Monday, August 31, 2015

The 'disappeared': a visible stain on Thai justice system

Reform must focus on closing the loopholes that have enabled the suspected forced abduction of at least 100 citizens since 1990


The declared core mission of Prime Minister Prayut Chan-o-cha's government is to secure the well-being of all Thais, yet it has apparently taken no action over the forced disappearance of an estimated 100 citizens over the past 25 years.

Sunday brought the International Day of Forced Disappearances, and, as in previous years, civic groups and rights defenders marked the occasion by calling on the authorities to revive the cases.

Meanwhile United Nations Secretary-General Ban Ki-moon denounced the alarming increase in enforced or involuntary disappearances and urged all member states to ratify or accede to the UN convention aimed at preventing such acts.

In the past year alone, the UN has received 246 requests for urgent action from victims' family members. "This figure is just a fraction of the thousands of cases that are never reported either because of security conditions or because of a lack of knowledge of the existence of international mechanisms that can help," Ban Ki-moon said.

The UN also urged governments to guarantee full protection from all forms of reprisal for those who report cases of enforced disappearance.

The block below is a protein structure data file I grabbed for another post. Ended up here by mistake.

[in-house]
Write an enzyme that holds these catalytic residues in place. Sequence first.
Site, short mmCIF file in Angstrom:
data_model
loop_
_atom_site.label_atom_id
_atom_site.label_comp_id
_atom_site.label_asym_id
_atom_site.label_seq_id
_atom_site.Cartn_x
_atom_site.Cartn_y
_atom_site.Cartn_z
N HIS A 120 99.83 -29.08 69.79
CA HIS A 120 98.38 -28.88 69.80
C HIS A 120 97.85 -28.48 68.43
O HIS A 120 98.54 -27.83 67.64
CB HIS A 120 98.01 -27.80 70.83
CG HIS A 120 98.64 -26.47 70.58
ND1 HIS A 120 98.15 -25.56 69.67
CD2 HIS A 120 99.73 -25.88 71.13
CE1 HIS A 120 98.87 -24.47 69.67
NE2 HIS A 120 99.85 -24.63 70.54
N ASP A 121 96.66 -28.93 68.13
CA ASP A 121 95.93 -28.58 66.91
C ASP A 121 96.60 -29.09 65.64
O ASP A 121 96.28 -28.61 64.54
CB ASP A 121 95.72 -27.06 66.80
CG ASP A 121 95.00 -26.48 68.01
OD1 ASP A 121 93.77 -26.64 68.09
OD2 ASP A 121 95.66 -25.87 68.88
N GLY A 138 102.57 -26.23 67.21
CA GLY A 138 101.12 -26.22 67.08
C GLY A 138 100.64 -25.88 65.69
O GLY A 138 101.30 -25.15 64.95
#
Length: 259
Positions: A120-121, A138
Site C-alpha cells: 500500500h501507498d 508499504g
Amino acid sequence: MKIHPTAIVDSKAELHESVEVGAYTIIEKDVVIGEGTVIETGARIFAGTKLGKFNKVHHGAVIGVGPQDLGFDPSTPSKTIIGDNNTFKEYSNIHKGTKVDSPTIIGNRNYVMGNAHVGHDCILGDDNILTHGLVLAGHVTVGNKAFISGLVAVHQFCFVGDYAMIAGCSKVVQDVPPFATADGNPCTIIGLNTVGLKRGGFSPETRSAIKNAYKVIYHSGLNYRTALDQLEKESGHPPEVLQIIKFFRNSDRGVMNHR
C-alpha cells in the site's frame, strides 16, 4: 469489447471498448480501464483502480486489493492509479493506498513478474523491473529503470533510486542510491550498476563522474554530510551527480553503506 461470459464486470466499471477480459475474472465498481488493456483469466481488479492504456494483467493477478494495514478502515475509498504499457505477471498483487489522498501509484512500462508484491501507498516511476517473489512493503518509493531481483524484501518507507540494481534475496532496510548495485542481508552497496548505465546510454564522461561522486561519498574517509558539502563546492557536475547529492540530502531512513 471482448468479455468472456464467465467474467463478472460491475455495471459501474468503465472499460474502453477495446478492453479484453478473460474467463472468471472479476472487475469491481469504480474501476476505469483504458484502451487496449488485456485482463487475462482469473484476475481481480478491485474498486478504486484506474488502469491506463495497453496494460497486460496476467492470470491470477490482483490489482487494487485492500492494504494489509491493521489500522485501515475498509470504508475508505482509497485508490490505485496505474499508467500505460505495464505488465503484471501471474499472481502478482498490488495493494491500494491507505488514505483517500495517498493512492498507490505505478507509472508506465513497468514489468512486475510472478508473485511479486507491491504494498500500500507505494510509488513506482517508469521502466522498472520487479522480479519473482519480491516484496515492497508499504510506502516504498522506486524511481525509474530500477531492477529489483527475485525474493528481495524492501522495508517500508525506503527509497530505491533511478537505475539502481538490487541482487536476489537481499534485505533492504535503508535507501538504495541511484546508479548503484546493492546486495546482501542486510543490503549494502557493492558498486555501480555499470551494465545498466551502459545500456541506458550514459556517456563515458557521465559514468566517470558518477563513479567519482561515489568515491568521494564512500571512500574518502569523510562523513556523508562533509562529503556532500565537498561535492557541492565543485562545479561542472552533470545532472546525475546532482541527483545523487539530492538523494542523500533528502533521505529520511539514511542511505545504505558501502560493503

In Thailand, labour-union leader Thanong Pho-an went missing under a military government in 1991. A year later at least 31 people "disappeared" during a protest against the junta. Prominent Muslim lawyer Somchai Neelapaijit was kidnapped in 2004 while defending fellow Muslims accused of being part of the deep South insurgency. The most recent case of enforced disappearance came in April last year, when Karen land-rights activist Porlajee "Billy" Rakchongcharoen went missing. The relatives of these victims have never given up on their hopes of finding them, but they have received precious little cooperation from the authorities under any government, elected or otherwise.

The military-backed government under former Army chief Prayut could do much to boost its flagging reputation on human rights by responding to the calls for action on these cases.

Thailand signed the International Convention for the Protection of All Persons from Enforced Disappearance in 2012 but has yet to ratify its position.

Meanwhile the National Human Rights Commission has failed to make any progress on the issue.

However, this government claims to be working for democratic reform and has placed a slew of rights defenders on its various administrative agencies, boosting hopes that public calls for action could be heeded.

The government should first ratify the international convention and its related protocols.

Second, the National Legislative Assembly should pass the laws necessary to enforcing the international norms.

Third, the government and concerned agencies should begin work on establishing effective administrative mechanisms to look into the cases of missing persons.

Finally, the issue of forced disappearances should inform key measures of reform for the justice system. Though there are strong suspicions that police were involved in the disappearance of Somchai and many others, the court system has proved incapable of bringing them to justice. The Nation, Bangkok


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